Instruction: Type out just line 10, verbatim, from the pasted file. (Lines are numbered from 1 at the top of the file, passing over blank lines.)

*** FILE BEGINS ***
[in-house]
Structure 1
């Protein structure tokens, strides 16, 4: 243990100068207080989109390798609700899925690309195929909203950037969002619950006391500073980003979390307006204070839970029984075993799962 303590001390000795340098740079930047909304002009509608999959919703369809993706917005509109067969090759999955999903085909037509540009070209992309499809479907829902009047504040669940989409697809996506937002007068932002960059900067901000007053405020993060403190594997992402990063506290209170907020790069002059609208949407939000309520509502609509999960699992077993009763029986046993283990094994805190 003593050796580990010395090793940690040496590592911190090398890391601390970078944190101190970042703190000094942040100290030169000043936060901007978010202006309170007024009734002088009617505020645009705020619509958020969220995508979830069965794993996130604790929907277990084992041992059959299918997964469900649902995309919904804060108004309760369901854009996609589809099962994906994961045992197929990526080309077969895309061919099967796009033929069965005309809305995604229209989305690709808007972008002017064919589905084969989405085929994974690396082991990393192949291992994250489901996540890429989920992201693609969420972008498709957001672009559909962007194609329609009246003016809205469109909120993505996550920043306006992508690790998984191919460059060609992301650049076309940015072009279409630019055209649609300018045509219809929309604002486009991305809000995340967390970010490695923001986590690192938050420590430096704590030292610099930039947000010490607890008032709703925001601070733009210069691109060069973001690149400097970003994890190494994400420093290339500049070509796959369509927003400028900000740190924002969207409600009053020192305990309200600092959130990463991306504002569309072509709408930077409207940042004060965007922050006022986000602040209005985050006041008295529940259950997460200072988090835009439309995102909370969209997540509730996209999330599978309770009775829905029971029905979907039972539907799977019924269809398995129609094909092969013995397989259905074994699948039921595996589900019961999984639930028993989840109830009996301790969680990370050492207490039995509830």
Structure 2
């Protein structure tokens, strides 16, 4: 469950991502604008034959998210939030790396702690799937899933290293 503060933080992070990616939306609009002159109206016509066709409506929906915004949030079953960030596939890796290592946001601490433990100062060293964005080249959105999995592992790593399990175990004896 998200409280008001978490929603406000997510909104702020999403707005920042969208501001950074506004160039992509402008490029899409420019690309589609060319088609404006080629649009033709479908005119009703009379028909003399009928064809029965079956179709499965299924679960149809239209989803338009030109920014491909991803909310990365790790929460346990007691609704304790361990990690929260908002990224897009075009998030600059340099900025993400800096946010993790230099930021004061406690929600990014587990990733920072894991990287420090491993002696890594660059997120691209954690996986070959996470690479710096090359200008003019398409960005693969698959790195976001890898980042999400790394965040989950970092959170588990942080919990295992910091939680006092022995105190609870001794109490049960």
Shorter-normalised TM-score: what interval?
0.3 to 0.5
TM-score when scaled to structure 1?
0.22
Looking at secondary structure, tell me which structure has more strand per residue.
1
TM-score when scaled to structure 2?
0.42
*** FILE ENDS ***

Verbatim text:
Looking at secondary structure, tell me which structure has more strand per residue.